Google is rolling out a new feature called Bill Protection on Project Fi, and while the name doesn’t clearly explain what it does, it’s actually going to save a lot of people some money. Essentially, Bill Protection is Google’s way of creating an “unlimited” plan on their network that starts at 6GB of data but less than 15GB, unless you’re cool with slower data speeds. Confusing? Don’t worry, we’ll explain.
YouTube is a strange beast, even in the modern age of entertainment and media consumption. There’s a ton of money and success to be made on Google’s video network, but due to its monetization structure that’s totally different from your traditional cable network or Netflix, it’s had plenty of bumps in the road. Google’s trying to start 2018 by knocking out one of those bumps, but it’s making many creators mad in the process.
The charger that you plug your phone into every night is probably the most important accessory for your device, besides maybe your case. A good wall charger will juice up your device quickly, and most importantly, won’t burn your house down. Besides that, many of them have extra features like Qualcomm’s Quick Charge support, multiple plugs for charging your smartwatch or tablet, and some of them even double as a portable battery. So what are the best wall chargers for your shiny new phone?
@JustHerrick Haha, agreed. Not sure if they’ll be able to put an acceptable camera in an aggressive price point though. Either quality is too low to take off, or price is too high to take off. That’s an odd market to try and tackle.
Muck Rack makes it simple to find people, tweets, or articles that mention any name, keyword, company, hashtag etc. We've compiled this guide to help you make the most of your search.
Selecting a term
Start searching tweets, articles from media outlets, articles mentioned in tweets, journalists'
names, titles and bios with some suggested searches:
Companies or Topics (e.g. iPhone, Microsoft)
Phrases (e.g. "cloud computing") — use quotes to keep the terms together
Twitter handles (e.g. @username) — returns those who have mentioned or replied to
Names (e.g. "David Pogue")
Hashtags (e.g. #sxsw, #london2012)
Bio details (e.g. vegan, Olympics, father)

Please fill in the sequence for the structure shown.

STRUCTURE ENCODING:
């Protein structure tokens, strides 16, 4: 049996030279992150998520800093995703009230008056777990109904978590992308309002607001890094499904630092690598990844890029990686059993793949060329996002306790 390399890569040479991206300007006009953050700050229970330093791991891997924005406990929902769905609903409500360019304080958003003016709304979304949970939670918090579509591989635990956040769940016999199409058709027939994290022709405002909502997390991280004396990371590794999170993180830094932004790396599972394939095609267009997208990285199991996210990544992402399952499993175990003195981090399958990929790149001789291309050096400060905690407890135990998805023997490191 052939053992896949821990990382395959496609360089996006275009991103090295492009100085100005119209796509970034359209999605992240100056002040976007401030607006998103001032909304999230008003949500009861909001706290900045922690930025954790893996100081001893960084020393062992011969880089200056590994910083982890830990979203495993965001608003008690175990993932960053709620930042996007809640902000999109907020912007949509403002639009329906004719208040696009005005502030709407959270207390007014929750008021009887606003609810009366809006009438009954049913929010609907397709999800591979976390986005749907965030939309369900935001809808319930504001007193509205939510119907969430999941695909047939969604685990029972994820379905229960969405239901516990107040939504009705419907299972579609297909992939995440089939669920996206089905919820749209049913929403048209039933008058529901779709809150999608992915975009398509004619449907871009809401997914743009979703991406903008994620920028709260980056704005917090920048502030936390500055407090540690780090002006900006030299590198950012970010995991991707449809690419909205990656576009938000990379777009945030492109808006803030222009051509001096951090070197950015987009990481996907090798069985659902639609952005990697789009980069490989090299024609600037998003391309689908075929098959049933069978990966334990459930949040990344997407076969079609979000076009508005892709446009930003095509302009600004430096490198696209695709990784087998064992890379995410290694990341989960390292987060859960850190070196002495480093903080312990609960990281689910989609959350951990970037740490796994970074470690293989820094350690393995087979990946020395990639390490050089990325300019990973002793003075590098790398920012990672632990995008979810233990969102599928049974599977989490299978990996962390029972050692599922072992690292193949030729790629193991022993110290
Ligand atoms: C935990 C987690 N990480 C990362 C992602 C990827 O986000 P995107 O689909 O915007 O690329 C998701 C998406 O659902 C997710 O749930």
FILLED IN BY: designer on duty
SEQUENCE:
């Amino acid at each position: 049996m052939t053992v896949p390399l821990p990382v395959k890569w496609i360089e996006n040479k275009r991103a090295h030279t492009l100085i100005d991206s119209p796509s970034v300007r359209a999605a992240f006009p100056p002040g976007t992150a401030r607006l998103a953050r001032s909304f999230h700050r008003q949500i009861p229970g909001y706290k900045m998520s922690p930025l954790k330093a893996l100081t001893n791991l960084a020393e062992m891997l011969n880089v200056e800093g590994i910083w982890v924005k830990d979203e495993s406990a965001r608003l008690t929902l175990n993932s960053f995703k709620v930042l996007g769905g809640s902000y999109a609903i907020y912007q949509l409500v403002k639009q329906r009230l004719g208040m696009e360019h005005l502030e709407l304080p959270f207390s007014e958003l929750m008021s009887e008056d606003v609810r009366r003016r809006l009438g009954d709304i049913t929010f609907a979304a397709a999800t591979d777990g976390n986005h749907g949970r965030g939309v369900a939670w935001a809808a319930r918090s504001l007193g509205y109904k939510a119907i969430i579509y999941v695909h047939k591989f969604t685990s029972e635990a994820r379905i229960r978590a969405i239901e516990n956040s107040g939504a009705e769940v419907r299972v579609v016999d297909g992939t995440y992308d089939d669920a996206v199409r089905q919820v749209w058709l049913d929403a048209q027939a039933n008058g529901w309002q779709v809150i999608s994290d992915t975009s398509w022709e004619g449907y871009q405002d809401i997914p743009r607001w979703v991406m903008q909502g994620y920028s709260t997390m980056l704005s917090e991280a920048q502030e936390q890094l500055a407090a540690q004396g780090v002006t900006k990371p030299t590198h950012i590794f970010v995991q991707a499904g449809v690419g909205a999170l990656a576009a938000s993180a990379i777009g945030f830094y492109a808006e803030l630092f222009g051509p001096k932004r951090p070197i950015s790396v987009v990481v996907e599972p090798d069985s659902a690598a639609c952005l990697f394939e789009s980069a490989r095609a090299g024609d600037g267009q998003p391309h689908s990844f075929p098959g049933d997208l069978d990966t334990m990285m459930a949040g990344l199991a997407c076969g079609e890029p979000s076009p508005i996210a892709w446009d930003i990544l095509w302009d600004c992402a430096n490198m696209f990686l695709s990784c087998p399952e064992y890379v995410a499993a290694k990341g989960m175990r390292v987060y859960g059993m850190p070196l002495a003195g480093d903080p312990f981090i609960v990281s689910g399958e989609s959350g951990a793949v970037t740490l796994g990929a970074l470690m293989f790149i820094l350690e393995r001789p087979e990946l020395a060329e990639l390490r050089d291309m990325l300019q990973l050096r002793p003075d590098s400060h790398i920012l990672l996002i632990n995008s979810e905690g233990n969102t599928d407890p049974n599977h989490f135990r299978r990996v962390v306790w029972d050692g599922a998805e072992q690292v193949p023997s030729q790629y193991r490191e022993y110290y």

Muck Rack's Advanced Search allows for many boolean operators.
Find results that mention multiple specified terms, use AND or
+. For example, ensure each result contains both Elon Musk and Mark Zuckerberg by
searching Musk AND Zuckerberg or Musk + Zuckerberg.
Use the operators OR or , to broaden your search when you'd like either of
multiple terms to appear in results. (This is the default behavior of our search when no operators
are used). For example, results will contain either cake or cookie by searching cake OR cookie or cake,cookie
Use NOT or - to subtract results from your search. For
example, searching Disney will yield results about the Walt Disney Company as well as Walt Disney
World Resort. To exclude mentions of Disney World, search for Disney -World or Disney
When using one of these operators with a phrase, enclose it in quotation marks. For example, you can
find results about smartphones excluding Apple's iPhone 4S by searching smartphone -"iPhone
Exact case matching or punctuation
If you're searching for a brand name or keyword that relies on specific punctuation marks or capitalization, you can
find results that match your exact query by adding matchcase: before the keyword you're searching for, like matchcase:E*TRADE .
Use parentheses to separate multiple
boolean phrases. For example, to find journalists talking about having fun in Disney World or
Disneyland, search for ("disney world" OR disneyland) AND fun.
An asterisk can be used to search for any variation of a root word truncated by the asterisk. For example, searching for admin* will return results for administrator, administration, administer, administered, etc.
A near operator is an AND operator where you can control the distance between the words. You can vary the distance the near operation uses by adding a forward slash and number (between 0-99) such as strawberries NEAR/10 "whipped cream", which means the strawberries must exist within 10 words of "whipped cream".